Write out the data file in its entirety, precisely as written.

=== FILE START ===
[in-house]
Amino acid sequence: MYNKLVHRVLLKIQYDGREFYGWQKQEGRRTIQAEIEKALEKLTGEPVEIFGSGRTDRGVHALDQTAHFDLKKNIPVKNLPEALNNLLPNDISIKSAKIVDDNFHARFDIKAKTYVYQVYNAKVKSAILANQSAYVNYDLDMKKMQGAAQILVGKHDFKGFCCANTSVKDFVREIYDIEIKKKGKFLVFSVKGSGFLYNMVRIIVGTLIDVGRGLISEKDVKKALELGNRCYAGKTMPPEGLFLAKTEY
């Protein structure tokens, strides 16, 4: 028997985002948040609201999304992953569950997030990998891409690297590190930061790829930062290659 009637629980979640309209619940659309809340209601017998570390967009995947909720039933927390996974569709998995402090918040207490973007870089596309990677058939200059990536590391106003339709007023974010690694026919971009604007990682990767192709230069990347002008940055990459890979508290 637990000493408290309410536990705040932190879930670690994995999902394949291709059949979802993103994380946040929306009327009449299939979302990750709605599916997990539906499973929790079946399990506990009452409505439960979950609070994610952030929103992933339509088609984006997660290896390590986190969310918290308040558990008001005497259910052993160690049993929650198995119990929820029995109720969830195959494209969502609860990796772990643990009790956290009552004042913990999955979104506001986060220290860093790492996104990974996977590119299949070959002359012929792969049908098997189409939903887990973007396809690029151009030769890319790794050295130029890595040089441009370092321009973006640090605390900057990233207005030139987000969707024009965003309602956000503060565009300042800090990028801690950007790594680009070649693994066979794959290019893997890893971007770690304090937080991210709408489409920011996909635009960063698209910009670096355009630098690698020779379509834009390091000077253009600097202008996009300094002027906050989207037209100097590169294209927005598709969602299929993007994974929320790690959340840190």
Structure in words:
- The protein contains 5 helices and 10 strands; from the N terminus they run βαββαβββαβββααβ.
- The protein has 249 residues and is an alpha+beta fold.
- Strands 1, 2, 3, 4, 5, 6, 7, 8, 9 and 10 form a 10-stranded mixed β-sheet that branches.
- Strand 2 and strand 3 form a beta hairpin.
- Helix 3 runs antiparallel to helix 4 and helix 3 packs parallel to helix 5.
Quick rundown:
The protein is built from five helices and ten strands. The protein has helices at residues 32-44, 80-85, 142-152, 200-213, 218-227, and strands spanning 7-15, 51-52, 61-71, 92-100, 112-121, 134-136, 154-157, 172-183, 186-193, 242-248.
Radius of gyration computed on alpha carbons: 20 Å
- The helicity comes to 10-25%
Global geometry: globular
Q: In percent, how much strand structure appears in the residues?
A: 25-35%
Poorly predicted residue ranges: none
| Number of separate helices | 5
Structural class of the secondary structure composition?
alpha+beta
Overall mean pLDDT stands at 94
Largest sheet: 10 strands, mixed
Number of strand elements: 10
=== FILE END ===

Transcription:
[in-house]
Amino acid sequence: MYNKLVHRVLLKIQYDGREFYGWQKQEGRRTIQAEIEKALEKLTGEPVEIFGSGRTDRGVHALDQTAHFDLKKNIPVKNLPEALNNLLPNDISIKSAKIVDDNFHARFDIKAKTYVYQVYNAKVKSAILANQSAYVNYDLDMKKMQGAAQILVGKHDFKGFCCANTSVKDFVREIYDIEIKKKGKFLVFSVKGSGFLYNMVRIIVGTLIDVGRGLISEKDVKKALELGNRCYAGKTMPPEGLFLAKTEY
């Protein structure tokens, strides 16, 4: 028997985002948040609201999304992953569950997030990998891409690297590190930061790829930062290659 009637629980979640309209619940659309809340209601017998570390967009995947909720039933927390996974569709998995402090918040207490973007870089596309990677058939200059990536590391106003339709007023974010690694026919971009604007990682990767192709230069990347002008940055990459890979508290 637990000493408290309410536990705040932190879930670690994995999902394949291709059949979802993103994380946040929306009327009449299939979302990750709605599916997990539906499973929790079946399990506990009452409505439960979950609070994610952030929103992933339509088609984006997660290896390590986190969310918290308040558990008001005497259910052993160690049993929650198995119990929820029995109720969830195959494209969502609860990796772990643990009790956290009552004042913990999955979104506001986060220290860093790492996104990974996977590119299949070959002359012929792969049908098997189409939903887990973007396809690029151009030769890319790794050295130029890595040089441009370092321009973006640090605390900057990233207005030139987000969707024009965003309602956000503060565009300042800090990028801690950007790594680009070649693994066979794959290019893997890893971007770690304090937080991210709408489409920011996909635009960063698209910009670096355009630098690698020779379509834009390091000077253009600097202008996009300094002027906050989207037209100097590169294209927005598709969602299929993007994974929320790690959340840190």
Structure in words:
- The protein contains 5 helices and 10 strands; from the N terminus they run βαββαβββαβββααβ.
- The protein has 249 residues and is an alpha+beta fold.
- Strands 1, 2, 3, 4, 5, 6, 7, 8, 9 and 10 form a 10-stranded mixed β-sheet that branches.
- Strand 2 and strand 3 form a beta hairpin.
- Helix 3 runs antiparallel to helix 4 and helix 3 packs parallel to helix 5.
Quick rundown:
The protein is built from five helices and ten strands. The protein has helices at residues 32-44, 80-85, 142-152, 200-213, 218-227, and strands spanning 7-15, 51-52, 61-71, 92-100, 112-121, 134-136, 154-157, 172-183, 186-193, 242-248.
Radius of gyration computed on alpha carbons: 20 Å
- The helicity comes to 10-25%
Global geometry: globular
Q: In percent, how much strand structure appears in the residues?
A: 25-35%
Poorly predicted residue ranges: none
| Number of separate helices | 5
Structural class of the secondary structure composition?
alpha+beta
Overall mean pLDDT stands at 94
Largest sheet: 10 strands, mixed
Number of strand elements: 10